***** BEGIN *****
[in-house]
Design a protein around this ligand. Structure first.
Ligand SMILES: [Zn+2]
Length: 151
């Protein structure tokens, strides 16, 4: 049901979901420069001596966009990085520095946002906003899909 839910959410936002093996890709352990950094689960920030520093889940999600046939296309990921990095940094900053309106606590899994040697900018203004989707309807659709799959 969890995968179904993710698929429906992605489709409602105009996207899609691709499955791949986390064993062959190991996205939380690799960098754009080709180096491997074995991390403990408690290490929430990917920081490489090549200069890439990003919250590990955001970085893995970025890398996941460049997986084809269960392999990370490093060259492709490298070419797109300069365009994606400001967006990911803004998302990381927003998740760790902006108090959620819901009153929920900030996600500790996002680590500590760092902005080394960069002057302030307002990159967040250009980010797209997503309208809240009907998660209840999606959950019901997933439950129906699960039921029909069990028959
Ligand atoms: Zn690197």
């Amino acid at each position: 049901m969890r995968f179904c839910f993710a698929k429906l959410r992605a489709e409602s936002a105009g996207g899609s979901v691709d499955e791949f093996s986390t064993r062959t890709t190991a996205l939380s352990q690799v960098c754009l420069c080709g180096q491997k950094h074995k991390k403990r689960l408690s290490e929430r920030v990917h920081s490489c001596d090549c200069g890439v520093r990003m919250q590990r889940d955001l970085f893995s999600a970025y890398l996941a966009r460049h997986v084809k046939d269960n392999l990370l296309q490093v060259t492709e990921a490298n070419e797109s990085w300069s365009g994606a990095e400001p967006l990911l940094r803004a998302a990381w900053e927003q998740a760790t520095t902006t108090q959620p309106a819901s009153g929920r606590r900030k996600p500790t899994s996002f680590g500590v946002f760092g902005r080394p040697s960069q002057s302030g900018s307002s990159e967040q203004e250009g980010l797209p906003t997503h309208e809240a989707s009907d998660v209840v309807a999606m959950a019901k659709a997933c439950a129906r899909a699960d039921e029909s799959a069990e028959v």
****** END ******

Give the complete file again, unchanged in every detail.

[in-house]
Design a protein around this ligand. Structure first.
Ligand SMILES: [Zn+2]
Length: 151
């Protein structure tokens, strides 16, 4: 049901979901420069001596966009990085520095946002906003899909 839910959410936002093996890709352990950094689960920030520093889940999600046939296309990921990095940094900053309106606590899994040697900018203004989707309807659709799959 969890995968179904993710698929429906992605489709409602105009996207899609691709499955791949986390064993062959190991996205939380690799960098754009080709180096491997074995991390403990408690290490929430990917920081490489090549200069890439990003919250590990955001970085893995970025890398996941460049997986084809269960392999990370490093060259492709490298070419797109300069365009994606400001967006990911803004998302990381927003998740760790902006108090959620819901009153929920900030996600500790996002680590500590760092902005080394960069002057302030307002990159967040250009980010797209997503309208809240009907998660209840999606959950019901997933439950129906699960039921029909069990028959
Ligand atoms: Zn690197």
């Amino acid at each position: 049901m969890r995968f179904c839910f993710a698929k429906l959410r992605a489709e409602s936002a105009g996207g899609s979901v691709d499955e791949f093996s986390t064993r062959t890709t190991a996205l939380s352990q690799v960098c754009l420069c080709g180096q491997k950094h074995k991390k403990r689960l408690s290490e929430r920030v990917h920081s490489c001596d090549c200069g890439v520093r990003m919250q590990r889940d955001l970085f893995s999600a970025y890398l996941a966009r460049h997986v084809k046939d269960n392999l990370l296309q490093v060259t492709e990921a490298n070419e797109s990085w300069s365009g994606a990095e400001p967006l990911l940094r803004a998302a990381w900053e927003q998740a760790t520095t902006t108090q959620p309106a819901s009153g929920r606590r900030k996600p500790t899994s996002f680590g500590v946002f760092g902005r080394p040697s960069q002057s302030g900018s307002s990159e967040q203004e250009g980010l797209p906003t997503h309208e809240a989707s009907d998660v209840v309807a999606m959950a019901k659709a997933c439950a129906r899909a699960d039921e029909s799959a069990e028959v």